Thursday, May 8, 2008

hedge yourself™ - gasoline costs

Life is full of personal expenses that are hard to avoid. Whether they're necessities and essential services that we can't go without like gasoline, hot water, food, and banking, or discretionary like clothes, restaurant fare, or alcohol. I'd like to introduce a post series (hedge yourself™) about negating, or at least buffering the affects that these personal expenses can have on our finances. The way I propose that an individual eliminates the affect of these expenses is to hedge themselves against the expense by purchasing instruments (stocks and/or income trusts), that will provide income and perhaps capital gains that will at least buffer, one's expenses in this area. More interestingly the way one will hedge these costs will be to profit from the very source of the expense. This makes a lot of sense because if one is choosing to expend money in this area, odds are many other people are doing the same. Wouldn't it be nice to make a trip to the pump, grill, bank, mall, or liquor store a net neutral financial choice? "If you can't beat em, join em!"

The elephant in the room lately when it comes to personal expenses has to be gasoline costs. Sometime within the past two years in Canada gasoline was selling for about $0.85/Liter. This price seems very attractive as I write it, because today in Brantford, Ontario gas is flowing into vehicles for about $1.20/Liter. Let's assume Joe drives the average car, a 2009 Toyota Corolla, with a fuel tank capacity of about 50L. 2 years ago Joe was paying $42.50 to fill up, while today he is paying $60. That is a difference of $17.50 per tank.

Assuming Joe fills up his Corolla once per week, he is spending an extra $17.50 today, versus what he was paying 2 years ago.

Joe is not happy about this extra $17.50, and he would like to mitigate it's affect on his budget. This is an extra $910 per year, assuming he fills up once per week. His options are limited: drive less (he has to get to work), comply with that chain email and boycott certain gas stations (this will surely get the price down...?). There is one more option that Joe may want to consider, a hedge. Joe should open a discount brokerage account if he doesn't already have one, and perform one of the following.

  • Buy 114 units of Canadian Oil Sands Trust (COS.UN). This is an income trust that pays you cash monthly when you invest your money in their business. COS.UN extracts oil from the tar sands in Northern Alberta and benefits greatly from high oil prices.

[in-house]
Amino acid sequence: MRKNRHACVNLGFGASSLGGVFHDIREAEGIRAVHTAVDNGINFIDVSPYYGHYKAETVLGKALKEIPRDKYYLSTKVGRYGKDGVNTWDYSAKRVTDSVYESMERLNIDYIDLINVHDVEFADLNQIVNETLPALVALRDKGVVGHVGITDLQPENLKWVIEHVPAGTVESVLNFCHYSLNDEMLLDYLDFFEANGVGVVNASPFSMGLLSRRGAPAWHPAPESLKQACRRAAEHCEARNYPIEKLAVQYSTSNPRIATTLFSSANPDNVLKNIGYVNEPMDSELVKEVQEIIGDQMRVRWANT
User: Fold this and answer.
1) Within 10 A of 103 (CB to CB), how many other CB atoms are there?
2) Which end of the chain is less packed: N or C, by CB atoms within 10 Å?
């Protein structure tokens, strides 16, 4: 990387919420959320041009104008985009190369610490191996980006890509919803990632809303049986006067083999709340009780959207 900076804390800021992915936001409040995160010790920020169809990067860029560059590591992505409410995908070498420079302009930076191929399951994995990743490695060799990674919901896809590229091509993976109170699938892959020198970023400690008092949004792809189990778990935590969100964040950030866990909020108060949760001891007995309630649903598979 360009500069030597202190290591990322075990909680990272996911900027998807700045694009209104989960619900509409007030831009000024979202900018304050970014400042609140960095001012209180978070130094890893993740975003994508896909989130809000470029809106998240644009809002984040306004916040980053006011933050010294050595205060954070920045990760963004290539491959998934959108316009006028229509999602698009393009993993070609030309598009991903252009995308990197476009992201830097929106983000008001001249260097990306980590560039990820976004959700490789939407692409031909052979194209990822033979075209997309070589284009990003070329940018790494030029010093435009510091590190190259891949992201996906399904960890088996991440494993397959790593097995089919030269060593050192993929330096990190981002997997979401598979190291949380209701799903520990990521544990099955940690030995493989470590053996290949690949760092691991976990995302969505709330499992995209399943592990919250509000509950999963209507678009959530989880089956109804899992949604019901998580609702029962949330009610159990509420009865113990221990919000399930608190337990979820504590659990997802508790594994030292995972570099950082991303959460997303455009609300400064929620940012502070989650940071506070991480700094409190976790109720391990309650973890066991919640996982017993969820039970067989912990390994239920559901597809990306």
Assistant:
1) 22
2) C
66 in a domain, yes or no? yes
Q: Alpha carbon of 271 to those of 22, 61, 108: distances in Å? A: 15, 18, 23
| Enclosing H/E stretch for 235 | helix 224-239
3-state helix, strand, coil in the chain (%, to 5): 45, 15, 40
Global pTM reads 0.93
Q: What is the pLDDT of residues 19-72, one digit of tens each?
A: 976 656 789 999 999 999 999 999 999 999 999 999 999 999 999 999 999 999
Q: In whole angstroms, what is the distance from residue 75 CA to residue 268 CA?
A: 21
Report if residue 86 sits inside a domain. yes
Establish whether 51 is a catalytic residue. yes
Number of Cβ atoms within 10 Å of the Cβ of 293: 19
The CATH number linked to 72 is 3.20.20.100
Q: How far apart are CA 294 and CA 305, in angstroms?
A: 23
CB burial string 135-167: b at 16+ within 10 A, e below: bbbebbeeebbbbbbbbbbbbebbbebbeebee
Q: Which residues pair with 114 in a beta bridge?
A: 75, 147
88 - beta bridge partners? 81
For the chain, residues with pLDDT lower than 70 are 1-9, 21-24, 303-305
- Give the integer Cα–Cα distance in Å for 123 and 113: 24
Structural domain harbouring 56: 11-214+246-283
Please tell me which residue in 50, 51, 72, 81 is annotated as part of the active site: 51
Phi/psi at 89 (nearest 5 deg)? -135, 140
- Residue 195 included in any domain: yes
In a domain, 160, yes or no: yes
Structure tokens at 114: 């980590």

COST TO JOE = ~$5,472 for 114 units of COS.UN including a trading fee.

WHAT THIS WILL ACCOMPLISH = This investment will provide Joe with $456 per year and eliminate approximately half of the impact that high gasoline prices have on his budget. Also if Joe is willing to hold COS.UN for the long term, his investment should appreciate, and his cash from the investment should increase with high energy prices allowing his hedge to be more effective or at least keep pace with his expenditures for years.

At the end of the day this allows Joe to pay about $1.02/liter for gas when in reality it actually sells for $1.20/liter.

*taxes on Joe's investment are not included, I am not a financial advisor

10 comments:

telly said...

I remember, maybe 4-5 years ago, paying $13 US to fill my tank. It now costs ~$35-40 (same car). Thankfully I'm carpooling so I'm only filling up every two weeks but yikes!

You're right, hedging on regularly purchased items (especially non-discretionary) is one of the best remedies for inflating prices.

pitz said...

I'm hedging my food consumption at Boston Pizza, approximately $50/month. At a 12% yield, $5000 worth of BPF.UN units ought to do the trick.

Same deal. And the 12% yield is very attractive on a business that, as Justise points out, is completely based on a royalty structure, has no debt, and has plenty of potential for sales growth.

Dividends4Life said...

mg: I know I bought BP at the beginning of April and at the close today it is up over 16%; and it has a 4.5% dividend yield.

Best Wishes,
D4L

pitz said...

(Justise = from the Canadianbusiness forums)

shaun said...

I like the way you think. oil keeps going up so buying it would be a good idea. Trend trading maybe.

Dividend said...

An Interesting post. Why can't our gas person just buy 50,000 worth of stock, and collect the 2,000 in dividends, thus making his gas consumption "free".
http://tools.trustweb.ca/acb_001/tools/distributions/?fundid=3&unittypeid=5

MG (moneygardener) said...

thanks for the comments.

telly, that is crazy growth in fuel costs..

pitz, you took the words right out of my mouth.

dividend, Joe could do that if he happened to have 50K laying around. I wanted to make the scenario a little more realistic.

Sarlock said...

Sounds good, but really it's just moving shells around. You're making an investment using capital and you expect a return on this. While it makes you feel warm and fuzzy in your mind that you are hedging yourself against higher oil prices, the net impact to your bottom line is the same: Profit on your investment, higher gasoline prices. If you apply that investment profit to offset your gasoline purchases to make yourself sleep better at night, remember that you are then assuming you are earning 0% on your capital.

No matter how you slice it, higher gas prices suck.

MG (moneygardener) said...

sarlock, your investment should move approximately with your gasoline costs so it's not really moving shells around. It's not like investing in a bank and buying fluctuating fuel. Gas prices can suck a whole lot less if you are benefiting from them in some way.

Carnivals, Festivals Blogs and Free Money - May 13 said...

..[The Money Gardener presented his post hedge yourself™ - gasoline costs.]...